This article firstly talks about GNU project. Secondly, it explains the four freedoms of free software, and then introduces the concept and characteristics of copyleft. In addition, it analyzes essential contents of GPL (GNU General Public License) v2, such as action conditions for copying, distributing, and modifying a program, and the infection of GPL to modified program, etc. Finally, it introduces two famous cases related to GPL: SCO vs. IBM lawsuit, and the case about Harald Welte's preliminary injection request against Sitecom's German subsidiary. It briefly talks about the upgrade to GPLv.3 as well.

p.s. GPL v.3 had not yet been released while this articles finished. Thus, this article talks less about GPL v.3

GPL v.3 Non-responsibly Traditional Chinese Translation (Draft) (Author: Lucien C.H. Lin)

Unofficial GPL (GNU General Public License) v.3 traditional Chinese translation. The author translates the GPL v.3 by using plain description and in line with the sections of the GPL v.3 to help Chinese speakers understand the GPL v.3 better. Nevertheless, only the original English text of the GPL has legally binding force.

Making Your Open Source Software GPL-Compatible. Or Else. (Author: David A. Wheeler)

This essay argues that developers of Free/libre/open source software should use an existing widely-used licenses compatible with the GPL for your software. If you create your own license - and please try very hard to not create a new license - at least make sure that your new license is compatible with the GPL. You do not need to use the GPL - not even the Free Software Foundation, but make sure that your FLOSS software’s license is GPL-compatible. The rest of this essay explains why and how to do so.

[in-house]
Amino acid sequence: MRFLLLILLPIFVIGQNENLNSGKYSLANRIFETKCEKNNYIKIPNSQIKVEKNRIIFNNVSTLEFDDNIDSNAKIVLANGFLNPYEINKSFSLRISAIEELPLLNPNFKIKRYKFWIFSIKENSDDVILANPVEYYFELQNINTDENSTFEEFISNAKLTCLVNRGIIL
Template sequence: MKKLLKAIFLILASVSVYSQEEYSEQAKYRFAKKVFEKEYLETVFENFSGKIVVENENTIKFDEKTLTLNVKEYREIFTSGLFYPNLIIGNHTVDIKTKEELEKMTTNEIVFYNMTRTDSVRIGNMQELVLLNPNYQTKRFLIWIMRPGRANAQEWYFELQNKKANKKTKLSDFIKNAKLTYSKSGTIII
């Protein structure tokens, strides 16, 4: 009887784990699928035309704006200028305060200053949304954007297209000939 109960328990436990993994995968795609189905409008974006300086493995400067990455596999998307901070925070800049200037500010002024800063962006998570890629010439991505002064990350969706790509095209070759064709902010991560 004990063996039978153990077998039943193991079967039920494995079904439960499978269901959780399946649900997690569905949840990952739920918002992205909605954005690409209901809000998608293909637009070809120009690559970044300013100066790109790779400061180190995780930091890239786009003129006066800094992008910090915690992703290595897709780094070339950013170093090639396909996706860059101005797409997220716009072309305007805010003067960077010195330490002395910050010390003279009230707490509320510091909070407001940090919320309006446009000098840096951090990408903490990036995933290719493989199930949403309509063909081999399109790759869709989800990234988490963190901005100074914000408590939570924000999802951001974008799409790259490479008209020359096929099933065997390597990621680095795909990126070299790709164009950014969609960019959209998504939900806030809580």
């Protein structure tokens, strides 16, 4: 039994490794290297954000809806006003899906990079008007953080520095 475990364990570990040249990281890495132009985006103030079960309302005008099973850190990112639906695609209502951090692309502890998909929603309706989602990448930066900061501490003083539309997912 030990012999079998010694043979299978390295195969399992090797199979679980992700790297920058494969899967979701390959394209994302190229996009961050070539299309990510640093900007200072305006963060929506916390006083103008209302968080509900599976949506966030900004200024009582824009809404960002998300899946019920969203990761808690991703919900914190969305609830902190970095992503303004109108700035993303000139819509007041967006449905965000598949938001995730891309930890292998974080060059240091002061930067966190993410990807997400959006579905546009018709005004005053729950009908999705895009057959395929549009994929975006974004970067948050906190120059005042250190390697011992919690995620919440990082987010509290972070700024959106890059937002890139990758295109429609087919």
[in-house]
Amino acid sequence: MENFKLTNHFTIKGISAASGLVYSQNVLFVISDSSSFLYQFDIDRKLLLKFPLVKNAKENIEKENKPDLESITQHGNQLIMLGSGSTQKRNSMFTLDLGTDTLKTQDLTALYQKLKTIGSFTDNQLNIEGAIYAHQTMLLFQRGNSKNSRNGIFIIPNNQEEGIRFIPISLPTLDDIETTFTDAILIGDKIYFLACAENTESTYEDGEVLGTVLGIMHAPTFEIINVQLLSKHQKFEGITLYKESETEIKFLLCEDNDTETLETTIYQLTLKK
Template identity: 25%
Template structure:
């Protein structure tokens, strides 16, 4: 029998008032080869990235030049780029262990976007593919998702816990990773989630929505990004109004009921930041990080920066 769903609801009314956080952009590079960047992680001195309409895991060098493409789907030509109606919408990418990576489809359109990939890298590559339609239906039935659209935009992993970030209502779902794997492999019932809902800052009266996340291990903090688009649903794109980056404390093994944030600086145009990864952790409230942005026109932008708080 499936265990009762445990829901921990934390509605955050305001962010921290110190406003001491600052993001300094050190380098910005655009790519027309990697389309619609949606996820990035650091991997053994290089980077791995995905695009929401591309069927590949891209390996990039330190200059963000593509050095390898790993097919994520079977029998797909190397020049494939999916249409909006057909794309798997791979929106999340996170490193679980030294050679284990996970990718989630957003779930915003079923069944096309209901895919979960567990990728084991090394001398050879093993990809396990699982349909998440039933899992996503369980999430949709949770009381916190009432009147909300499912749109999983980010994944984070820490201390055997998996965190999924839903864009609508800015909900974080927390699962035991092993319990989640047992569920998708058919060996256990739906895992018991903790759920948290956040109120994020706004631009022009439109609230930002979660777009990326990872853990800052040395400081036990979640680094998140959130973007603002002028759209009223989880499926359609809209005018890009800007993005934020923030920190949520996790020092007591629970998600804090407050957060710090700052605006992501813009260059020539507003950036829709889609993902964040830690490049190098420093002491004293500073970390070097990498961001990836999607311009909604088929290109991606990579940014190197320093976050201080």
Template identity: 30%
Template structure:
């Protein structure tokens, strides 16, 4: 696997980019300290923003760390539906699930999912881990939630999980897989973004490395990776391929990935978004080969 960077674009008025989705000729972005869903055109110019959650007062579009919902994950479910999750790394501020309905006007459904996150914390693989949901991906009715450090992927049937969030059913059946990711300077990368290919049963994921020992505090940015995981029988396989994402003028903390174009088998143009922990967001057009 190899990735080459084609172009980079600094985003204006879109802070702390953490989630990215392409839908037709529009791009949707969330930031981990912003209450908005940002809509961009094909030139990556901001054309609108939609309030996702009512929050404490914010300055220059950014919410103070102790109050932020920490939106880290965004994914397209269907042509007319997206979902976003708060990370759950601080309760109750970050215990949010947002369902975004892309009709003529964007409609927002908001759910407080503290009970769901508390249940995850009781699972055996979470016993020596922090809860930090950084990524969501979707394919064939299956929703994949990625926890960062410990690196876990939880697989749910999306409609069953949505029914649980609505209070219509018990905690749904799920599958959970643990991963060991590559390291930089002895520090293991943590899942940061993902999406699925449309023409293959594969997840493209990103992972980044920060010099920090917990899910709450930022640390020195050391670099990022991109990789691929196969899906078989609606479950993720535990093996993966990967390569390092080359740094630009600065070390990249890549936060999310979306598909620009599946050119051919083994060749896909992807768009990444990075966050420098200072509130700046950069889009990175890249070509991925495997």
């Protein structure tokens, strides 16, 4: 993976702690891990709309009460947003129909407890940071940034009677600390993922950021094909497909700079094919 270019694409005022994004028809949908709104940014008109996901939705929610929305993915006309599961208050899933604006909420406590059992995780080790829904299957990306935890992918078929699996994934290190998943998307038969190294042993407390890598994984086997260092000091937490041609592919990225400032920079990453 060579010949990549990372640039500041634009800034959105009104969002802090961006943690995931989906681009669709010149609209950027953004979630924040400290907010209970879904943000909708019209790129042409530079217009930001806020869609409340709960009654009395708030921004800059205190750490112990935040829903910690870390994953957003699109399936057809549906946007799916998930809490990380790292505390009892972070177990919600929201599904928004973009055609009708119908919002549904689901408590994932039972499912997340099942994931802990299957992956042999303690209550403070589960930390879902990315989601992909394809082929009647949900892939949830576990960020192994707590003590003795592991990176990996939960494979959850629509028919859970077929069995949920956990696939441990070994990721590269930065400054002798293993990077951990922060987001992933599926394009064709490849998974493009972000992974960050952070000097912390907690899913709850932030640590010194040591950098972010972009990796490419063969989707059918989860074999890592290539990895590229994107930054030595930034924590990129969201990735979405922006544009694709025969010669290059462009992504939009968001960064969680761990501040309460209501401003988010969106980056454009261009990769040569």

(The above introduction is extracted from the essay itself)

Understanding Open Source and Free Software Licensing (Author: Andrew M. St. Laurent)

This book focuses on several topics. Started with basic concepts of open source licensing, contract and copyright law, it then in depth explains leading open source software licenses, including MIT, BSD, Apache, AFL, GPL, LGPL, MPL, QPL, Artistic License and non-open source licenses. It also talks about legal impacts of open source and free software licensing.
Furthermore, it answers a few questions such as: What rights am I giving up? How will my use of open source/free software licensing affect future users or future developers? Does combining free software with proprietary software leave me vulnerable to lawsuits?

Open Source Licensing-Software Freedom and Intellectual Property Law (Author: Lawrence Rosen

The author of the book served as general counsel of the Open Source Initiative for several years. He explains the intellectual property laws that support open source licensing, and reviews today’s leading licenses, such as BSD, MIT, Apache, GPL, MPL, CPL in plain English, and helps developers, managers, users, lawyers and so on to choose the right licenses for their projects or organizations. This book is available online under the Academic Free licenses v.3.

The Unreasonable Fear of Infection (Author: Lawrence Rosen)

This author tries to build correct understanding of GPL to dispel the public's unreasonable fear of the GPL infection. He specifically explains section 2(b) of GPL v.2 that some people are frightened most. The author then comes to a conclusion: if a licensee creates a derivative work by modifying the original GPL-licensed program, or embeds the GPL-licensed program within his or her own program, the resulting work must also be licensed under the GPL. On the contrary, if there are no modifications to the GPL-licensed program, and it is not embedded within a proprietary program, the terms of the GPL don't apply to the licensee's program.